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First Things recently featured an article on Catholic Charities.  The organisation, one would think, upholds Christianity and Catholicism.

Catholic Charities has engaged a lobbying organisation to help draft a position document on poverty. The Sheridan Group is run by a gay Catholic. This is unbiblical, but, apparently, the charity isn’t too worried.

Gabriel Torretta, writing for First Things, points out (emphases mine):

Catholic Charities could have hired any number of successful Washington lobbying firms to draft their poverty legislation. By hiring the Sheridan Group without apparent regard for its policy portfolio, Catholic Charities sends a clear message: paying lip service to Catholic teachings is more important than following them. Nor is this message lost on the public:

Sister Jeannine Gramick, a Catholic nun and one of the founders of New Ways Ministry, which provides support for LGBT Catholics, said Catholic Charities USA and some local Catholic Charities agencies have provided behind-the-scenes support for the LGBT Catholic community.

“Catholic Charities in general have been the most progressive wing of the church other than the nuns,” she said. “In some cases, Catholic Charities USA has supported our events. I feel they personally are pro-gay but they can’t do this publicly.”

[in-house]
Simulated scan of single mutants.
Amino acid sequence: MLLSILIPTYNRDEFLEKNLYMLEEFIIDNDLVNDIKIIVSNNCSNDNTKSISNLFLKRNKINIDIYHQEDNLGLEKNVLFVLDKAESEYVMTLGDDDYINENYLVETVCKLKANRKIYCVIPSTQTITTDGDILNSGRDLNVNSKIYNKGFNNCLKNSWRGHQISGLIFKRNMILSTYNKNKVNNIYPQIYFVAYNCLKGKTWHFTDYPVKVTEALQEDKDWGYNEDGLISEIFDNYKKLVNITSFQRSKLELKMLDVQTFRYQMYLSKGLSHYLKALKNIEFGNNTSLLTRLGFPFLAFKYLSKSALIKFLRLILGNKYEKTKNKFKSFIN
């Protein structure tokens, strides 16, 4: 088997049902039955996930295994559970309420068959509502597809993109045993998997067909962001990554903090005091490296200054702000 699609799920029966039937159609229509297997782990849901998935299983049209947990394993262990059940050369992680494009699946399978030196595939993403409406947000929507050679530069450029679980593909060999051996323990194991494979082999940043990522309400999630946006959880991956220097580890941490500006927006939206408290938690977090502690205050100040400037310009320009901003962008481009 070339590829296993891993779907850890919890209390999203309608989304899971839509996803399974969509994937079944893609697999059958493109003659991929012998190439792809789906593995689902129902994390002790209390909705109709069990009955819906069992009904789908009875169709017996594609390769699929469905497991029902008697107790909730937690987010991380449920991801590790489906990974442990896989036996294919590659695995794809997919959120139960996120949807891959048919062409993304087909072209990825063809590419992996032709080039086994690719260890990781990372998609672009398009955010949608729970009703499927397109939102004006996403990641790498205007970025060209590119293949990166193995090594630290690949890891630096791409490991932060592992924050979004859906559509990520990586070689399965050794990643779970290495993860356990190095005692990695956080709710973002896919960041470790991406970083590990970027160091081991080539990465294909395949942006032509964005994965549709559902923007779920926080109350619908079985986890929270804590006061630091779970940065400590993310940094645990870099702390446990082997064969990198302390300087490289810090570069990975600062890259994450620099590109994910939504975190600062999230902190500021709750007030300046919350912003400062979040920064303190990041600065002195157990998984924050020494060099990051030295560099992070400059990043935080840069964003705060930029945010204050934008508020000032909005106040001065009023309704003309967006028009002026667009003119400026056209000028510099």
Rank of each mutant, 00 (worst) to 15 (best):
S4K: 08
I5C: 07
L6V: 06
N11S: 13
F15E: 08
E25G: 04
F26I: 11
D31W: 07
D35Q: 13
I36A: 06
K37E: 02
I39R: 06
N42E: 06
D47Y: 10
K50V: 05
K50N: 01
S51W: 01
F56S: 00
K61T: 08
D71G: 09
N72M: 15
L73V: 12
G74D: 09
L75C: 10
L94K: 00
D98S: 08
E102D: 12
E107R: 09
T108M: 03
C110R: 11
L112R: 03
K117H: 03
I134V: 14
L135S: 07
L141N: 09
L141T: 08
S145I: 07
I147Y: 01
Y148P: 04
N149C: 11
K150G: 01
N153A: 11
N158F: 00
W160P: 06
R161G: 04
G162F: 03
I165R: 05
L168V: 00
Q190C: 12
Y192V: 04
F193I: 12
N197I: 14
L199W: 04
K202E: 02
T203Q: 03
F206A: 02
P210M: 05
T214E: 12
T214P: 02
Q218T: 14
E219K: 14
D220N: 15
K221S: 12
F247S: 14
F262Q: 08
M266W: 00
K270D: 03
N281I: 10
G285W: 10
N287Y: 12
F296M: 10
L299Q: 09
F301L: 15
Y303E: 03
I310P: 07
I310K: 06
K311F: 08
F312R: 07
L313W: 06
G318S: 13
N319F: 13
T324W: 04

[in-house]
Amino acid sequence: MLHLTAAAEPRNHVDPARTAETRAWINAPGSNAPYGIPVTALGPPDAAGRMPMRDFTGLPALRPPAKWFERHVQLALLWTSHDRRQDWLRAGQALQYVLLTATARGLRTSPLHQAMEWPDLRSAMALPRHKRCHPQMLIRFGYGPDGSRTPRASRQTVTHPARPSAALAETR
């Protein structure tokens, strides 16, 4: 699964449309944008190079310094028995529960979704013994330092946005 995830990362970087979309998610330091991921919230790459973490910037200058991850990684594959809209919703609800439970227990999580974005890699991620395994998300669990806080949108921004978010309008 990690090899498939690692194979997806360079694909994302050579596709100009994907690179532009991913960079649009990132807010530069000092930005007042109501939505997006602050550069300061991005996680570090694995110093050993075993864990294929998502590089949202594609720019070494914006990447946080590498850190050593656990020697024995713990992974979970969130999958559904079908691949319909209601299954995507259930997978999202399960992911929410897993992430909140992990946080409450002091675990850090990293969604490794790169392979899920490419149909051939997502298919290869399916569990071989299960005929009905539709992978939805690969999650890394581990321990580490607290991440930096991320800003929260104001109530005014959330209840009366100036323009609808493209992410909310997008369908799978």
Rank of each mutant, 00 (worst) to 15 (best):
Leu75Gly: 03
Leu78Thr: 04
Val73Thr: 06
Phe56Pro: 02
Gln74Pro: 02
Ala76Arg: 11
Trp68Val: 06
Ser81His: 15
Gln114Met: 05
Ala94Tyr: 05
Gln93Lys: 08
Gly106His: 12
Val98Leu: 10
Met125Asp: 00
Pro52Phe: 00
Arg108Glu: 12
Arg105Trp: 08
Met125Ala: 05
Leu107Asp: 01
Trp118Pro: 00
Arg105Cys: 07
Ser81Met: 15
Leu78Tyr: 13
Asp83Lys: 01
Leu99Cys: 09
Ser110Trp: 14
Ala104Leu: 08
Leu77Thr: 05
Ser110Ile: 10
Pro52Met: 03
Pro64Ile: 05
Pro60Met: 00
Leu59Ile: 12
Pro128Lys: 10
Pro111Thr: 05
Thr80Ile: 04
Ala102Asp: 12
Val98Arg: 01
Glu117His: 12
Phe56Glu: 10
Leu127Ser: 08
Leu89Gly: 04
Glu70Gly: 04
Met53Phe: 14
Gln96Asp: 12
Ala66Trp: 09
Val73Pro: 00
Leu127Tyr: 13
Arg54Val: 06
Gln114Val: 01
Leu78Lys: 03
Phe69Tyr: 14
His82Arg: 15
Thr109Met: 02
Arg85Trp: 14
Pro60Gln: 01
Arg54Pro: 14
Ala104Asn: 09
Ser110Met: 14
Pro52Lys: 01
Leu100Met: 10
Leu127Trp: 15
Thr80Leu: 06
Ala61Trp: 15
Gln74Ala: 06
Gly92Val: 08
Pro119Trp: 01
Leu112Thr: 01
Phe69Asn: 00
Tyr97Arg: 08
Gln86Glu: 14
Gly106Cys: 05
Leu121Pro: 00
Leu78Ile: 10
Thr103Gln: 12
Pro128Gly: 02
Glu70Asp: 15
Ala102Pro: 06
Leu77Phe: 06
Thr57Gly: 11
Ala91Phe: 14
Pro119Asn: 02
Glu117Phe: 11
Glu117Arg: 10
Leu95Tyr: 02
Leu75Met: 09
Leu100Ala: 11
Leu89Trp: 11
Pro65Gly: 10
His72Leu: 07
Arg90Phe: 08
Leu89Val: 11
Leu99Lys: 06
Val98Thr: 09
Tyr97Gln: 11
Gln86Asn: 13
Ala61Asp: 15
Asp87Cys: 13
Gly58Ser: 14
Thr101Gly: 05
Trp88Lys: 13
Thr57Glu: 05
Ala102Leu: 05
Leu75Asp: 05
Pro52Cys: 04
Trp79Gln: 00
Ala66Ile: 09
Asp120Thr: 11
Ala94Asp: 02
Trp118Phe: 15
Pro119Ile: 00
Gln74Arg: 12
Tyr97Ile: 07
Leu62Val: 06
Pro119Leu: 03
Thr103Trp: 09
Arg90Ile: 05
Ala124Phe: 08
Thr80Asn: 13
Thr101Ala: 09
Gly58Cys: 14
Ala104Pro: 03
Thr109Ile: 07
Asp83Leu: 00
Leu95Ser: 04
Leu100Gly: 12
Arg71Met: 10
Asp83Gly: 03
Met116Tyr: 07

Hiring a group that actively works to advance a position on homosexuality that the Church has continually opposed creates a cognitive dissonance, separating what Catholic Charities says about its adherence to Church teachings and what it does. And when it comes to being Catholic, actions speak louder than words.

This is just to alert Catholics who believe this charity is one in accordance with scriptural and Church teaching to investigate further before making further donations.

A First Things reader, austinne, describes her experience in volunteering for the charity:

I volunteered for a Catholic Charities refugee resettlement program. In all the ways Catholic Charities used to help them feel integrated in our country–prayer, church community, or God was never mentioned. I suggested that we could put something in the welcome packet, a prayer perhaps, and was rebuffed. Catholic Charities would never do that; I was reprimanded as if the idea was manipulative instead of supportive. I think if we really believe “God is our refuge and strength” and that our faith is true, we would be sharing that too.

Austinne is correct — a Christian charity should be gently sharing the faith, which is a great source of comfort in times of the desolation and confusion in which a refugee would find himself.  To reprimand a volunteer for mooting the idea is reprehensible, to say the least.

Once again, things aren’t always what they seem — another reminder to be careful with charitable donations.

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